MONMOUTHSHIRE council has said it is preparing to welcome tourists back to the county, but some business owners working in the sector have said they are “fearful” their businesses won’t survive the post-lockdown period.

The likelihood is that requirements to stay local will be lifted on Monday, July 6, as well as self-contained accommodation being allowed to reopen the following week.

A report from the Wales Tourism Alliance published in June showed that the impact of the pandemic on the sector resulted in the shutdown of 97 per cent of businesses with 80 per cent of staff furloughed.

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The report said that the sector generated £6.2 billion in visitor spend for Wales and provided jobs for 130,000 people in 2019.

In Monmouthshire, the sector welcomed 2.28m visitors who spent almost £245m and supported more than 3,100 jobs.

Owners of Road House Narrowboats in Gilwern, Nigel and Sally Curtis, say they are now “fearful for the future”.

“Over the last nine years we have redeveloped and heavily invested in our business,” Mrs Curtis said.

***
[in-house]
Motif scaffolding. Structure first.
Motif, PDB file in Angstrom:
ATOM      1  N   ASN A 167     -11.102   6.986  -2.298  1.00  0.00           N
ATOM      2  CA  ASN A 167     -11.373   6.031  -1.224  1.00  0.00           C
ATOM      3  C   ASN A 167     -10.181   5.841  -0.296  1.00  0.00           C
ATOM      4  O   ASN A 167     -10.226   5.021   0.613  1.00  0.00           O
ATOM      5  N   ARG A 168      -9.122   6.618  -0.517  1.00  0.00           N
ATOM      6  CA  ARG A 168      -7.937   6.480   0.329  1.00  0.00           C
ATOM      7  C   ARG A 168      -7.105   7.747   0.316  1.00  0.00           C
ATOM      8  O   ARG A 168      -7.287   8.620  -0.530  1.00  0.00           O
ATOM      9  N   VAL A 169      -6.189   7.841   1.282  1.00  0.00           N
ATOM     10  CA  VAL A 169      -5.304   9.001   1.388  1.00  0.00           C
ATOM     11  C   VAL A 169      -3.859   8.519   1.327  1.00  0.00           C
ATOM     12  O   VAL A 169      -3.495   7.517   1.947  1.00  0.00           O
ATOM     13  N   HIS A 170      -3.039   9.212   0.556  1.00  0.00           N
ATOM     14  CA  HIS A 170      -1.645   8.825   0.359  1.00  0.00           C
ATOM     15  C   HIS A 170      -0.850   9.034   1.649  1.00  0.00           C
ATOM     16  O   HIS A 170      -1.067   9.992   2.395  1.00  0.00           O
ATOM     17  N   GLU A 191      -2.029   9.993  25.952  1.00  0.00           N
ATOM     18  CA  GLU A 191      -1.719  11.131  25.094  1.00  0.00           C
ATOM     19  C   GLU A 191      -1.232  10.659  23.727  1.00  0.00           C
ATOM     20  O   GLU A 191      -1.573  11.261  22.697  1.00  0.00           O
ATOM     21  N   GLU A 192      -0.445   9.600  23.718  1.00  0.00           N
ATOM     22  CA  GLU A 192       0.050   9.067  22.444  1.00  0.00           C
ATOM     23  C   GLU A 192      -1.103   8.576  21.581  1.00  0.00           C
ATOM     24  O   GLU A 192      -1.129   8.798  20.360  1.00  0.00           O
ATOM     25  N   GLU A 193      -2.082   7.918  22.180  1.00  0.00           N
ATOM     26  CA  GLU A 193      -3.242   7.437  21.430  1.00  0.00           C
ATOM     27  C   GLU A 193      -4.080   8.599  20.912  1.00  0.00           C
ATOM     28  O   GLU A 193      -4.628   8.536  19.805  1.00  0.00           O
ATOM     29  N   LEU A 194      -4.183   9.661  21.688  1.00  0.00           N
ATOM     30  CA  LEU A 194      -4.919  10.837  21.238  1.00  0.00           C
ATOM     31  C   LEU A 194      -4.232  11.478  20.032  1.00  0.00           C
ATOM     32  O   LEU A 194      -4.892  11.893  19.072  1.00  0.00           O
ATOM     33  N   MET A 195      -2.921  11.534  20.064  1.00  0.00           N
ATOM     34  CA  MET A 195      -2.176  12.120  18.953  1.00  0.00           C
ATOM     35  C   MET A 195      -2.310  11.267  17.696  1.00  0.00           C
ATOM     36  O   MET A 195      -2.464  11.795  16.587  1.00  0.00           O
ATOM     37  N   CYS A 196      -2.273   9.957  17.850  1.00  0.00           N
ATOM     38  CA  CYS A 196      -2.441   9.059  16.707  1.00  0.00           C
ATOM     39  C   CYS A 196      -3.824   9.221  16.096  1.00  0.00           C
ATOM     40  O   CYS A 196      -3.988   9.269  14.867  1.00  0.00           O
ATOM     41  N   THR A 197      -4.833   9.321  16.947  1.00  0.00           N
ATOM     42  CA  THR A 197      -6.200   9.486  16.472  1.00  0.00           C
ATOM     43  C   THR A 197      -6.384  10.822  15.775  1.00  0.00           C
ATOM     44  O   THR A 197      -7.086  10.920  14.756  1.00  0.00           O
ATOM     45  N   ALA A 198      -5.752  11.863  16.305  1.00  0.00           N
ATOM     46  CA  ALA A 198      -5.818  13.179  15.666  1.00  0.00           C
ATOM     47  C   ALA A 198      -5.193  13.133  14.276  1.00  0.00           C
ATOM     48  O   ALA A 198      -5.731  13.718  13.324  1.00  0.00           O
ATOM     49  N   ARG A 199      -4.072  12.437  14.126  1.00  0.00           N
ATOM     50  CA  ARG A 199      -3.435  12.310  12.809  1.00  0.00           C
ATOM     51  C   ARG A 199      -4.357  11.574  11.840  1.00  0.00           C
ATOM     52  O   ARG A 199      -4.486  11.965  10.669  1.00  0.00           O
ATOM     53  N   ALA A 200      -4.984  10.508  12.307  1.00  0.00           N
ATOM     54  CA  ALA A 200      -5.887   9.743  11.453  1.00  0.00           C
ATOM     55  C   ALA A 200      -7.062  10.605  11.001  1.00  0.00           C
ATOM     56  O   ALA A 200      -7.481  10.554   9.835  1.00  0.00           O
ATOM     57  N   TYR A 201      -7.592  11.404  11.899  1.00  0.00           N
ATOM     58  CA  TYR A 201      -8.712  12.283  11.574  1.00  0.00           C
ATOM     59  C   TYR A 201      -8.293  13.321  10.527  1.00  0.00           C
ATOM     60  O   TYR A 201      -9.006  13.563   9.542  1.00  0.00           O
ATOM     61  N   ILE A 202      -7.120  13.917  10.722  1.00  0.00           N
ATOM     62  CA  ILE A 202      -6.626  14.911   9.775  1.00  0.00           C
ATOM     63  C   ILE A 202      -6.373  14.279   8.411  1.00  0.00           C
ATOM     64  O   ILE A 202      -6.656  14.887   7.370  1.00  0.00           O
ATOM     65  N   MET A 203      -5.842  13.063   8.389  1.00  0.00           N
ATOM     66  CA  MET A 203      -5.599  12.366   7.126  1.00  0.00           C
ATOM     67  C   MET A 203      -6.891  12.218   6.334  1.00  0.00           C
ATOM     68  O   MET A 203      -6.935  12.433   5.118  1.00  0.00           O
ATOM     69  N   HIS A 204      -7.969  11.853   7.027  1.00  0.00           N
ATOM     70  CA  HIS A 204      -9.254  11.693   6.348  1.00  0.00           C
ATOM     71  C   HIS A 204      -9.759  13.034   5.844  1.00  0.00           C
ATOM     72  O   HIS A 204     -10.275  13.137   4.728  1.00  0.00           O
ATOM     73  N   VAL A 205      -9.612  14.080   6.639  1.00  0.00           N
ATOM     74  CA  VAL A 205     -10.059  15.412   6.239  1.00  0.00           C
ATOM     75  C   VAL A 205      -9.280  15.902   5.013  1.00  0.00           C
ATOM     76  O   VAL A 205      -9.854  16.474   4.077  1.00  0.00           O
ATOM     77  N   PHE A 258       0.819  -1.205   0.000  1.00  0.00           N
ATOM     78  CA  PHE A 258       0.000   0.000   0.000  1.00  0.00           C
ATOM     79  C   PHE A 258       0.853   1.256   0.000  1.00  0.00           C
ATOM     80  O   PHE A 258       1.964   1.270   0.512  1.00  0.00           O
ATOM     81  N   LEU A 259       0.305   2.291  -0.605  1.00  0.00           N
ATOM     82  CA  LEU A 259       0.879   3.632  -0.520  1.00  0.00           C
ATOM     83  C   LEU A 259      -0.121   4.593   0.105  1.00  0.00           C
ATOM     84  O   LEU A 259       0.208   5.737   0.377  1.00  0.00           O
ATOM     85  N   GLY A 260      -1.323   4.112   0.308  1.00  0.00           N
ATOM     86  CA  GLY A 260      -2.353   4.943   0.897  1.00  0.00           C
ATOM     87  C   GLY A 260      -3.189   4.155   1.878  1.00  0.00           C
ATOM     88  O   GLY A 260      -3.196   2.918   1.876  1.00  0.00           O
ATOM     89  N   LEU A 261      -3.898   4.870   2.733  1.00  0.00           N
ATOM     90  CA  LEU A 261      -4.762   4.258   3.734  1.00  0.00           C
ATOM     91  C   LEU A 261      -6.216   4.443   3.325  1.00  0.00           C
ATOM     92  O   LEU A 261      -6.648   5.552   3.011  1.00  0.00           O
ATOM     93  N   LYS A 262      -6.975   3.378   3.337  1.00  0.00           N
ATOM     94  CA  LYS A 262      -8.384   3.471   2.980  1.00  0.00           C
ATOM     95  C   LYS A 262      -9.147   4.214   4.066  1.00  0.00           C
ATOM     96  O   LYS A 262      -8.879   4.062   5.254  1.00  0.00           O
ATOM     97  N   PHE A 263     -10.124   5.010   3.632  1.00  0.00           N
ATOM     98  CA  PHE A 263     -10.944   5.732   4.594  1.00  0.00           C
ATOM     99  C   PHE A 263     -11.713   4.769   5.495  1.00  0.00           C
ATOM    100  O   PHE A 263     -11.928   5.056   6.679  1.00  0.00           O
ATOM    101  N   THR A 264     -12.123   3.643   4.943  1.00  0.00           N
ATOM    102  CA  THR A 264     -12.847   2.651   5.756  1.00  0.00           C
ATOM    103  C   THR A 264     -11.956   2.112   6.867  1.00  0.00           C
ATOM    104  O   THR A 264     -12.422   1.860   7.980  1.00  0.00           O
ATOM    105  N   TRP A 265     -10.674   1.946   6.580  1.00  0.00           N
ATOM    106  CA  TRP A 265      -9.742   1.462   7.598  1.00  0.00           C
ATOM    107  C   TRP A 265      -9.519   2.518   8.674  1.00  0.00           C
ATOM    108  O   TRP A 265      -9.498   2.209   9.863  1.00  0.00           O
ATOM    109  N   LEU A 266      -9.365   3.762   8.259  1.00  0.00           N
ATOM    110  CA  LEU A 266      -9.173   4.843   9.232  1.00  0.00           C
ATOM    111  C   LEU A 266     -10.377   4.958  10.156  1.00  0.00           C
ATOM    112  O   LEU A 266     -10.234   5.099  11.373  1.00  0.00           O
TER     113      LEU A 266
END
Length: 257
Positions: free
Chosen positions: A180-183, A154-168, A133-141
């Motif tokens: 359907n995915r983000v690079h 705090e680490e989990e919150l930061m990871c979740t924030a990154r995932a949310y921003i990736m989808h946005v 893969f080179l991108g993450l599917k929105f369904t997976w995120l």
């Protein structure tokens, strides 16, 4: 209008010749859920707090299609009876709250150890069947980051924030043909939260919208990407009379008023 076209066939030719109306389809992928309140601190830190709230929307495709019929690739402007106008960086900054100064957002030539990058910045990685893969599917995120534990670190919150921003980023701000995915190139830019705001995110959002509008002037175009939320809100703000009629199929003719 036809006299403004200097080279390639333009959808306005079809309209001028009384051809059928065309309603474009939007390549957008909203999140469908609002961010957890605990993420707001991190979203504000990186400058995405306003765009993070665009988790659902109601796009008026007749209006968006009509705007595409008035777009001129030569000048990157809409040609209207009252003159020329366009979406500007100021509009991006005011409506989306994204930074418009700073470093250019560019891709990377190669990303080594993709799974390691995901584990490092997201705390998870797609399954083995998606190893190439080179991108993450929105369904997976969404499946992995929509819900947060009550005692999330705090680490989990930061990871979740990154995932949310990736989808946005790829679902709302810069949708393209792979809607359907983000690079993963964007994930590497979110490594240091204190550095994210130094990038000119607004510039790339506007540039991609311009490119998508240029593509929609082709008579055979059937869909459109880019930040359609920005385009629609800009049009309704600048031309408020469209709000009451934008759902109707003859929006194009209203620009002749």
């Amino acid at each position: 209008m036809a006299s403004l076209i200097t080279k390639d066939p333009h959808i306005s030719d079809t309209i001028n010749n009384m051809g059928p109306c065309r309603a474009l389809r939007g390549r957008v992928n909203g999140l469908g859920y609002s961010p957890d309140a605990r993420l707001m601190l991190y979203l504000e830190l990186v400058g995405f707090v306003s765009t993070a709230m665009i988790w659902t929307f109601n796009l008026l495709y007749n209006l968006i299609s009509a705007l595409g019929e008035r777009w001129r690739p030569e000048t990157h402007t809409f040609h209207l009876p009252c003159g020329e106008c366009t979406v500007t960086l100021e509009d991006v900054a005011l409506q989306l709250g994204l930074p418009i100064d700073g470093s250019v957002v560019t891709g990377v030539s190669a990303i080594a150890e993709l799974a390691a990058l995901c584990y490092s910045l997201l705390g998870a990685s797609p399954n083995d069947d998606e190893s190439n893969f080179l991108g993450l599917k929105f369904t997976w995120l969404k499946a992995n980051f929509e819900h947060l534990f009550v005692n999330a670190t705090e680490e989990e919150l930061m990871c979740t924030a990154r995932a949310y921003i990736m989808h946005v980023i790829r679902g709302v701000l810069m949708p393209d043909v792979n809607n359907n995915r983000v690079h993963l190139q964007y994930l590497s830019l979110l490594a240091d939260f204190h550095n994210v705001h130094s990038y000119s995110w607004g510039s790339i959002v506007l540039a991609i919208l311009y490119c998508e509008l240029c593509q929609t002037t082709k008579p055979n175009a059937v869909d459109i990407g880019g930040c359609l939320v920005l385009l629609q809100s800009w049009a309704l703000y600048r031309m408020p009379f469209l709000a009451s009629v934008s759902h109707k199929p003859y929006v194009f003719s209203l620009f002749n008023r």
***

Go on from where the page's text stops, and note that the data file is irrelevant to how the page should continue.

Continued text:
“We invest our profits during the winter and then rely on our spring and summer takings to see us through the next 12 months.

“With last year’s income invested over the winter of 2019 in the business and living expenses, we have no substantial capital and no income potential so far this season. This will have a devastating financial impact on our business and livelihood.”

Mr Curtis, who is chairman of the Commercial Operators Group that represents five other boat hire companies, added: “Since the UK government’s guidance for no unnecessary travel we ceased hiring and have had to postpone or cancel the bookings that we held for this year on a month by month basis.

“It frustrates us that a percentage of the the public seem unconcerned about safety when flocking to the beaches, parks and open spaces with no regard for the social distancing rules, and yet all businesses are having to spend time and money putting safety procedures in place to protect themselves and their customers.”

Monmouthshire County Cllr Paul Jordan, cabinet member for tourism, said: “The pandemic and February’s floods have hit the county’s tourism and hospitality businesses severely, so we very much look forward to welcoming visitors back to Monmouthshire.”

The council says it is encouraging tourism businesses to obtain the new Visit Wales ‘We’re Good to Go’ industry standard to demonstrate they adhere to government and public health guidance.